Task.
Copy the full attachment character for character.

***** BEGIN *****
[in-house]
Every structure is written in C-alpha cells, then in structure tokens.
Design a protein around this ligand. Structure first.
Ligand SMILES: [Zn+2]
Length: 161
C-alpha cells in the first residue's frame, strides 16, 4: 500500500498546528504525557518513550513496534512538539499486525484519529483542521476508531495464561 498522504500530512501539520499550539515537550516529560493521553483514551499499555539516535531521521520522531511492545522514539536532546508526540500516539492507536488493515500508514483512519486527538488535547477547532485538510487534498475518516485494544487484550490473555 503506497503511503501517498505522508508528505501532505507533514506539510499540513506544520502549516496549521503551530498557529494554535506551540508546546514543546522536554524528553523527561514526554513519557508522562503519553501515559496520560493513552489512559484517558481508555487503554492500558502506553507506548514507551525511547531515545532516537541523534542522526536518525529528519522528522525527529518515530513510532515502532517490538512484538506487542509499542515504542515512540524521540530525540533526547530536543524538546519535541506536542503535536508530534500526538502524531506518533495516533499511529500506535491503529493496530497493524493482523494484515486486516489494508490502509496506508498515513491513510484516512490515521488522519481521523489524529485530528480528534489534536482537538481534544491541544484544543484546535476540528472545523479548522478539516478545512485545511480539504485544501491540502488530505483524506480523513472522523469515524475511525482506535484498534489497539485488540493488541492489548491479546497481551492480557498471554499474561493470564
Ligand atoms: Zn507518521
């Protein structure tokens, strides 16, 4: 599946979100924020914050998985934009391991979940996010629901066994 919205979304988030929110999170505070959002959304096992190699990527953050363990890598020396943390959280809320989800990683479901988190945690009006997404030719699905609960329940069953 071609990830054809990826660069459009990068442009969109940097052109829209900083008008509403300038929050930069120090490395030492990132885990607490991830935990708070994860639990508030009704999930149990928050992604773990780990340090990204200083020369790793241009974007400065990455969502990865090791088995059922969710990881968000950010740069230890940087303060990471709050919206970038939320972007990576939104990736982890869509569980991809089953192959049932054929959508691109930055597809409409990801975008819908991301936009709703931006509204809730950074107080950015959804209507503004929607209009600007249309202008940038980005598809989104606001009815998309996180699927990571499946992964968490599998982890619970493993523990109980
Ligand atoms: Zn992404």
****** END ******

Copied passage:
[in-house]
Every structure is written in C-alpha cells, then in structure tokens.
Design a protein around this ligand. Structure first.
Ligand SMILES: [Zn+2]
Length: 161
C-alpha cells in the first residue's frame, strides 16, 4: 500500500498546528504525557518513550513496534512538539499486525484519529483542521476508531495464561 498522504500530512501539520499550539515537550516529560493521553483514551499499555539516535531521521520522531511492545522514539536532546508526540500516539492507536488493515500508514483512519486527538488535547477547532485538510487534498475518516485494544487484550490473555 503506497503511503501517498505522508508528505501532505507533514506539510499540513506544520502549516496549521503551530498557529494554535506551540508546546514543546522536554524528553523527561514526554513519557508522562503519553501515559496520560493513552489512559484517558481508555487503554492500558502506553507506548514507551525511547531515545532516537541523534542522526536518525529528519522528522525527529518515530513510532515502532517490538512484538506487542509499542515504542515512540524521540530525540533526547530536543524538546519535541506536542503535536508530534500526538502524531506518533495516533499511529500506535491503529493496530497493524493482523494484515486486516489494508490502509496506508498515513491513510484516512490515521488522519481521523489524529485530528480528534489534536482537538481534544491541544484544543484546535476540528472545523479548522478539516478545512485545511480539504485544501491540502488530505483524506480523513472522523469515524475511525482506535484498534489497539485488540493488541492489548491479546497481551492480557498471554499474561493470564
Ligand atoms: Zn507518521
């Protein structure tokens, strides 16, 4: 599946979100924020914050998985934009391991979940996010629901066994 919205979304988030929110999170505070959002959304096992190699990527953050363990890598020396943390959280809320989800990683479901988190945690009006997404030719699905609960329940069953 071609990830054809990826660069459009990068442009969109940097052109829209900083008008509403300038929050930069120090490395030492990132885990607490991830935990708070994860639990508030009704999930149990928050992604773990780990340090990204200083020369790793241009974007400065990455969502990865090791088995059922969710990881968000950010740069230890940087303060990471709050919206970038939320972007990576939104990736982890869509569980991809089953192959049932054929959508691109930055597809409409990801975008819908991301936009709703931006509204809730950074107080950015959804209507503004929607209009600007249309202008940038980005598809989104606001009815998309996180699927990571499946992964968490599998982890619970493993523990109980
Ligand atoms: Zn992404």